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Adding decay that clamps at a certain value without altering subsequent animations

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Danny Perry
Adding decay that clamps at a certain value without altering subsequent animations
on Mar 6, 2019 at 3:09:20 am

Hello Creative Cow! I have been a long time lurker and am usually able to find solutions to my problems by browsing previous posts, but I have hit a roadblock.

I have been following Dan Ebberts' guide to driving acumulative animation through audio in order for me to mimic Trapcode Sound Keys. I have gotten great results thus far, but I can't figure out the right way to add decay. I currently have my value increasing by x everytime my beat counter detects a beat. X being a slider control for amplitude. I want to add decay so that this number is constantly decaying until it hits the original "size" variable at which point the value stays at that until the next beat which should increase the value by the amplitude.

Dec is constantly increasing with time and when I try to clamp that value to not be less than "size" it has to play catch up with every single beat. This means that if I get to a point where there aren't a lot beats going on in the song the next beat won't actually cause any value changes until part of my expression outputs a value that is > the constantly decreasing decay.

How can I set this up so that the decay stops when it makes the value < "size" and that it won't mess up any subsequent values driven by the beat?

I am very sorry if this isn't clear, describing this stuff is difficult!

size = effect("Size")("Slider");
amp = effect("Amplitude")("Slider");
cnt = effect("Beat Count")("Slider");
dec = (effect("Decay")("Slider")*time);
s = size+((amp*cnt)-dec);
[s,s]


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Kalleheikki Kannisto
Re: Adding decay that clamps at a certain value without altering subsequent animations
on Mar 6, 2019 at 9:20:56 am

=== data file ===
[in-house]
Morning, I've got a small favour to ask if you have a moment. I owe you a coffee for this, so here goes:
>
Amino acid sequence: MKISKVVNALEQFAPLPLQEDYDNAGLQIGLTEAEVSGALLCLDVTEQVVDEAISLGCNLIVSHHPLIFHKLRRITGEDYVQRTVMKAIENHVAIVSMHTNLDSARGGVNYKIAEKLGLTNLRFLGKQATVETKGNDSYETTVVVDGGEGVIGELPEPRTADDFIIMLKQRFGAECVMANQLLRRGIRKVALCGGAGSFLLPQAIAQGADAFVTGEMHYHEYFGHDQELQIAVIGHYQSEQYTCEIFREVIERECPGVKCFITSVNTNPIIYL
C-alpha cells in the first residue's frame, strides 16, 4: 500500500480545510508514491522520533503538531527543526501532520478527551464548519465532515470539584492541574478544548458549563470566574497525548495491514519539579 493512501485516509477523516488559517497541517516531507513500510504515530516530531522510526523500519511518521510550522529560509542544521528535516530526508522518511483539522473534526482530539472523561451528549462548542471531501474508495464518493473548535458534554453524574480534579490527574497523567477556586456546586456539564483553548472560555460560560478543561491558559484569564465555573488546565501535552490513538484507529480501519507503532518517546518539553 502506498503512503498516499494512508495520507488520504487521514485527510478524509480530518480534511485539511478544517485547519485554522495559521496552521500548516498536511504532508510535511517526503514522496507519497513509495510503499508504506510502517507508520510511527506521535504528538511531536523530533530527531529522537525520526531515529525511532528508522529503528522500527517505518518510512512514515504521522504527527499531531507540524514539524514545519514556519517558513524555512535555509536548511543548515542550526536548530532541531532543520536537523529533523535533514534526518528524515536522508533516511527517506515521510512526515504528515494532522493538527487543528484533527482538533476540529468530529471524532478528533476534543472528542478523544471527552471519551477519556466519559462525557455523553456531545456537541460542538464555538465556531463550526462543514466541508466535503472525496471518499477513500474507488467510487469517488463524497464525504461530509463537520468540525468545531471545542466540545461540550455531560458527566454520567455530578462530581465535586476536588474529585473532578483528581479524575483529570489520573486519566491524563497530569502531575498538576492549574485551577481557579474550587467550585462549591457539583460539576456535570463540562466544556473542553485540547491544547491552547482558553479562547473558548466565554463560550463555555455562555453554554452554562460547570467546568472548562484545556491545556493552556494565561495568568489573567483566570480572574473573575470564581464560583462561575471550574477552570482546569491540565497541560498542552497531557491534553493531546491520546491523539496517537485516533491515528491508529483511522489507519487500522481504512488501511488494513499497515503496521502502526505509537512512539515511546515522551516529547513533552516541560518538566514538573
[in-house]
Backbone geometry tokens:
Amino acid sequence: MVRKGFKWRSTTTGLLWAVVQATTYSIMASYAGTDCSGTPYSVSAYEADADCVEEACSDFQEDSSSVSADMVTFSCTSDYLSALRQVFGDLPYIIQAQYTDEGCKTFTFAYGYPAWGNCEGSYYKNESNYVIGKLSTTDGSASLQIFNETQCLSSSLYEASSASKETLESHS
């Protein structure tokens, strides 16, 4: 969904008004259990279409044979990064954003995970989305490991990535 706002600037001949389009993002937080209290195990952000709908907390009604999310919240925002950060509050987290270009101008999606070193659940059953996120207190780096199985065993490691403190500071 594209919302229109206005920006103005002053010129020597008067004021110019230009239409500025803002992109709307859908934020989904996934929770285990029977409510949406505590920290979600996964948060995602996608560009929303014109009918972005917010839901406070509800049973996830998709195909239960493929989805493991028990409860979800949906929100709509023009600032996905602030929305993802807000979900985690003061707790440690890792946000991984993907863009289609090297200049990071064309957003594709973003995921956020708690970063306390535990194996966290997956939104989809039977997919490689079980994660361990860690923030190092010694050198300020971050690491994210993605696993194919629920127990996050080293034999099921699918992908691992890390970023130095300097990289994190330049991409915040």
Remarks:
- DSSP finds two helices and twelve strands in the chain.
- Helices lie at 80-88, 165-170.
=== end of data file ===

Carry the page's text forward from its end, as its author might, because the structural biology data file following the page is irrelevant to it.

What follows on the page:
You want to tie the decay value to the time value of the last beat. If there are no keyframes, you will have to look backwards frame by frame with a loop until you find the point where the beat count changes. That gives you the time of the last beat, and you would use that as the start time for the decay, i.e. decay would be zero at that point and increase based on your decay rate and time elapsed between that time and current time. To stop the decay at a given value, you can use a Math.max() expression.

Kalleheikki Kannisto
Senior Graphic Designer


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Danny Perry
Re: Adding decay that clamps at a certain value without altering subsequent animations
on Mar 6, 2019 at 3:31:36 pm

Ahh I see. I currently have the "cnt" variable increasing with every beat. Is there a way to find the time when that value changes and then start the decay from there?


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Kalleheikki Kannisto
Re: Adding decay that clamps at a certain value without altering subsequent animations
on Mar 6, 2019 at 7:17:34 pm

Yes, that requires a while loop that looks backwards from current time frame by frame until it finds the frame where the value is different from the current frame.

Kalleheikki Kannisto
Senior Graphic Designer


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Danny Perry
Re: Adding decay that clamps at a certain value without altering subsequent animations
on Mar 6, 2019 at 9:07:59 pm

Do you happen to know how that expression would look? Sorry, this is a little out of my element 🙃


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Kalleheikki Kannisto
Re: Adding decay that clamps at a certain value without altering subsequent animations
on Mar 7, 2019 at 7:37:01 am

This is sort of from the top of my head, so might not be exactly right.

changepointframe == 0;
for (i = timeToFrames(time); i <= timeToFrames(inPoint); i--){
if (effect("Beat Count")("Slider").valueAtTime(i*thisComp.frameDuration)<cnt){
changepointframe = i;
break
}
}


What it is meant to do is look backwards from the current time frame by frame until the beat count slider goes smaller than the value of the variable cnt (which is the value of the slider at current time), and when it finds that point, it ends the loop, assigning that frame number to the variable changepointframe.

If you multiply with frame duration (changepointframe*thisComp.frameduration), it gives you the time where the decay should start.

Kalleheikki Kannisto
Senior Graphic Designer


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